to proclaim the year of the Lord’s favor.”

And he rolled up the scroll and gave it back to the attendant and sat down. And the eyes of all in the synagogue were fixed on him. And he began to say to them, “Today this Scripture has been fulfilled in your hearing.”

Luke 4:17–21 ESV

True justice never interferes with healing and freedom for victims, and any approach to “justice” that focuses on punishment rather than healing is a counterfeit.

Justice Versus Victimhood

A victim is not held a victim until the perpetrator is judged and meets his just dues; a victim can walk into freedom any time he or she wishes. But forgiveness is required.


To uphold justice has nothing to do with “holding a victim in victimhood” until the perpetrator meets his just due. But to say a victim “can walk into freedom any time he or she wishes” is both grossly insensitive and completely false.

As I write this, child victims everywhere are brutalized by family members and others with complete power over them. Some of these perpetrators have “repented” with tears and loud expressions of remorse, and have convinced church leaders and the local authorities too that they are no longer a threat, while they continue preying on the innocent.

Meanwhile, the victim is told that the abuse is their own fault, and that if they open their mouth they will be guilty of slander and unforgiveness, and just as worthy of hell as the predator harming them. Thanks to the kind of false messages we are confronting here, many of these victims remain silent for years after the abuse has ended, believing they are dirty and evil and brought it all on themselves.

Again I saw all the oppressions that are done under the sun. And behold, the tears of the oppressed, and they had no one to comfort them! On the side of their oppressors there was power, and there was no one to comfort them. And I thought the dead who are already dead more fortunate than the living who are still alive.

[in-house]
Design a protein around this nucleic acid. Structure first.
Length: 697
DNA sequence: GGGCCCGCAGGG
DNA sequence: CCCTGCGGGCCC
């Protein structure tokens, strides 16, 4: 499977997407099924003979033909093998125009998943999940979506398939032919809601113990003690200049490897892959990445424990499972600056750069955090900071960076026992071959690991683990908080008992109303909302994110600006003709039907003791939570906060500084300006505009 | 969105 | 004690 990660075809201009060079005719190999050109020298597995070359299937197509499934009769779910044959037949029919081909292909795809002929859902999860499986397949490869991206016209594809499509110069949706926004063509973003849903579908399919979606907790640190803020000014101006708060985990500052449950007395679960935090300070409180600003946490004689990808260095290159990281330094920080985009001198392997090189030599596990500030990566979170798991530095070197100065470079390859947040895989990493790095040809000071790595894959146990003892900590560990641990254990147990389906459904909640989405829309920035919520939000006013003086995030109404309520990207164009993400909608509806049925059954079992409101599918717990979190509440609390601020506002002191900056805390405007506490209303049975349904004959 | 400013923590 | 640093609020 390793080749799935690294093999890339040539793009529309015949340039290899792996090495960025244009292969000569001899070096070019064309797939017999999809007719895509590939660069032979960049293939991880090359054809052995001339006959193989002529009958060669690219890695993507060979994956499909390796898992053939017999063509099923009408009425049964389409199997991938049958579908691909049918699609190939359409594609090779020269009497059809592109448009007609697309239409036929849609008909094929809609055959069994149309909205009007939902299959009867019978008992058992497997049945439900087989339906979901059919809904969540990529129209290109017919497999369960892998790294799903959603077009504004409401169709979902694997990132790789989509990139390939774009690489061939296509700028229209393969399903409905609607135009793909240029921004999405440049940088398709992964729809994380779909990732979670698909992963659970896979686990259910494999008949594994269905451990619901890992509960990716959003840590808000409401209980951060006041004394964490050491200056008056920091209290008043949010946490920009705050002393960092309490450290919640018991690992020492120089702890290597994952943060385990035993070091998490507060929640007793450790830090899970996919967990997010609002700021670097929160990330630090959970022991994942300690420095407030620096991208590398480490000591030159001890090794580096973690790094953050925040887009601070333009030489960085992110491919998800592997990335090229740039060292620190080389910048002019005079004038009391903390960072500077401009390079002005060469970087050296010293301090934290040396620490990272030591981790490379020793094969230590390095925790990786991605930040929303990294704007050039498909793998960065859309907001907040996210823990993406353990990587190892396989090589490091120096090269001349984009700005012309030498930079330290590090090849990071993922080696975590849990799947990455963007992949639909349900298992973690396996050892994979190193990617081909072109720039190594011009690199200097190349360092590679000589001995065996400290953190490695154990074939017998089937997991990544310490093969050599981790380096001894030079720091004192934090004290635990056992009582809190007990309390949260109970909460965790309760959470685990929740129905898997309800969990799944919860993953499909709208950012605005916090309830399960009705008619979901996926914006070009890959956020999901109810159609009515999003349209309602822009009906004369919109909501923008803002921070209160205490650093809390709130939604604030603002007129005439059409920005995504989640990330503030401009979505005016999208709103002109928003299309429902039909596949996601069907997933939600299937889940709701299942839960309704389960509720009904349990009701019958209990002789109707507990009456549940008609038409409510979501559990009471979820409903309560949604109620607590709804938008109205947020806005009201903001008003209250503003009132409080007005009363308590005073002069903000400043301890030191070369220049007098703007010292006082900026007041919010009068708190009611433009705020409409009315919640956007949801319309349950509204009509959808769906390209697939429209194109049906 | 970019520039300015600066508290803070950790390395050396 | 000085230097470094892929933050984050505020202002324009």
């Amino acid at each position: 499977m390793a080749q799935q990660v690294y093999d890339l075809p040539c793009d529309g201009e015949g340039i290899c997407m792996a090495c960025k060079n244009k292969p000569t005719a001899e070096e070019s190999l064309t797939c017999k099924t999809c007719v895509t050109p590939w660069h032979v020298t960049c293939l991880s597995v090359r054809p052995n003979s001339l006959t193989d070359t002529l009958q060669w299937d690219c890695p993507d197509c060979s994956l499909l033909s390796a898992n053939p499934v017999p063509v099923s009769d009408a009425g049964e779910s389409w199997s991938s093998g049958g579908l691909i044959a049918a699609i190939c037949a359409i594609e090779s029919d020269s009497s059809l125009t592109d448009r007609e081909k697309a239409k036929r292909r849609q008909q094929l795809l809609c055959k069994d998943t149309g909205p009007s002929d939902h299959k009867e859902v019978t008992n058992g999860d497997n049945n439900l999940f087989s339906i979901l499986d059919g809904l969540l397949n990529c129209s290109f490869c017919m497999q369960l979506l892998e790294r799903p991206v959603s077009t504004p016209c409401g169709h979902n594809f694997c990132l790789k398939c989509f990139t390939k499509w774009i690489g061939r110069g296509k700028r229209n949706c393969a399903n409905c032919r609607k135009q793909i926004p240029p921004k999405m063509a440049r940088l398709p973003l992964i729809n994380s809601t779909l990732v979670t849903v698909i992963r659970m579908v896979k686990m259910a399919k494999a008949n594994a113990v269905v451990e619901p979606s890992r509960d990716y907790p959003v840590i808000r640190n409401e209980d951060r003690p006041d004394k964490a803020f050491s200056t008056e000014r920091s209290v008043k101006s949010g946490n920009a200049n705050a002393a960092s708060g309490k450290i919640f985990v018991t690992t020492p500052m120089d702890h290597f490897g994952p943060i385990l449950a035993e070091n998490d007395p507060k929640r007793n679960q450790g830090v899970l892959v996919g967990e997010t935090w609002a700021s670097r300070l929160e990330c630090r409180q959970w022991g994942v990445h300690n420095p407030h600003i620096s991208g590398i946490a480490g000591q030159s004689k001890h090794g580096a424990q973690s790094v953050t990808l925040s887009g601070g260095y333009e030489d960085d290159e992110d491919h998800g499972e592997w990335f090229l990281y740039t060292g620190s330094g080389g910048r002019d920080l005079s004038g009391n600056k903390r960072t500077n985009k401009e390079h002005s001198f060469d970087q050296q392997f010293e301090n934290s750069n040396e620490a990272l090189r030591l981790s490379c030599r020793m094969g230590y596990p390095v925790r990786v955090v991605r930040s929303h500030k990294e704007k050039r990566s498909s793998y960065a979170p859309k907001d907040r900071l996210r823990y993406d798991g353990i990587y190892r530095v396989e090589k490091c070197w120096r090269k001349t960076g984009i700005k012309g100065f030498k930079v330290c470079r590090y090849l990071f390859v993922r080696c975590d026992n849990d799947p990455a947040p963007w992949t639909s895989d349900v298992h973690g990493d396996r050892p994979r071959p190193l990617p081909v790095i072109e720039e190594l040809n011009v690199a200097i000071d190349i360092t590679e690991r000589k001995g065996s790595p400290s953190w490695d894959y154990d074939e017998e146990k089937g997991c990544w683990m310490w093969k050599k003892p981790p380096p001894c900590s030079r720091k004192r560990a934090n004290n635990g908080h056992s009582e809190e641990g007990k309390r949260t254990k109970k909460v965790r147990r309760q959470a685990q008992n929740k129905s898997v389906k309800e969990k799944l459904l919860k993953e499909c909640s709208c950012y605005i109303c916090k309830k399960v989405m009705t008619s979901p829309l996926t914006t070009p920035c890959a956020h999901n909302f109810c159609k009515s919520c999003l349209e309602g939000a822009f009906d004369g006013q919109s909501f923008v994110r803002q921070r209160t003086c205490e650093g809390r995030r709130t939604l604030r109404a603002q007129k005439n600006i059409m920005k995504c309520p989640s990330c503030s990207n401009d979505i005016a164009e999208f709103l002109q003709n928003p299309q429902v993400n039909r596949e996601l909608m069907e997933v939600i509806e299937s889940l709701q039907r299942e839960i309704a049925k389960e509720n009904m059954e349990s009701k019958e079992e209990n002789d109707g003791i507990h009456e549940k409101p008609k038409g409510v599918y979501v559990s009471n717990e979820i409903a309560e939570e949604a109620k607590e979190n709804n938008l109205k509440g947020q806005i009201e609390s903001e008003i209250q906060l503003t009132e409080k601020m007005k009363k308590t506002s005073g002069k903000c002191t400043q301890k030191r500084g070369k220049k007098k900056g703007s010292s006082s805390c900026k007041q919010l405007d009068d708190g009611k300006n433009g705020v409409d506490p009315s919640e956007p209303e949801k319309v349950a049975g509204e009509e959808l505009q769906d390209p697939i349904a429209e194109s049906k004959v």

Ecclesiastes 4:1–2 ESV

How exactly does this commenter propose that these victims “walk into freedom” without a community to meet them in their pain and devastation, acknowledge and name the evil that was done, and give them time and space to work through grief to peace and freedom?

Who Gets Justice?

Taking up for the victim by insisting that the perpetrator is meted out justice won’t help the victim, and probably only helps the one helping the victim feel better about themselves, because, in their minds, they are doing something about it.


I hate to repeat myself, but the world’s greatest advocate for “taking up for the victim and insisting that the perpetrator is meted out justice” isn’t BLM or “the socialists,” but God Almighty.

This might be a good time to address another misrepresentation of those who resist justice and try to warp it into a vice instead of a virtue. As in the paragraph above, their focus is always on justice being visited on the perpetrator, rather than the victim. This type of person has been so fully trained to identify with perpetrators that they can see justice only from the perspective of the unregenerate oppressor, for whom justice—the dismantling of the self-serving power structures the oppressor has built— always feels like a disaster.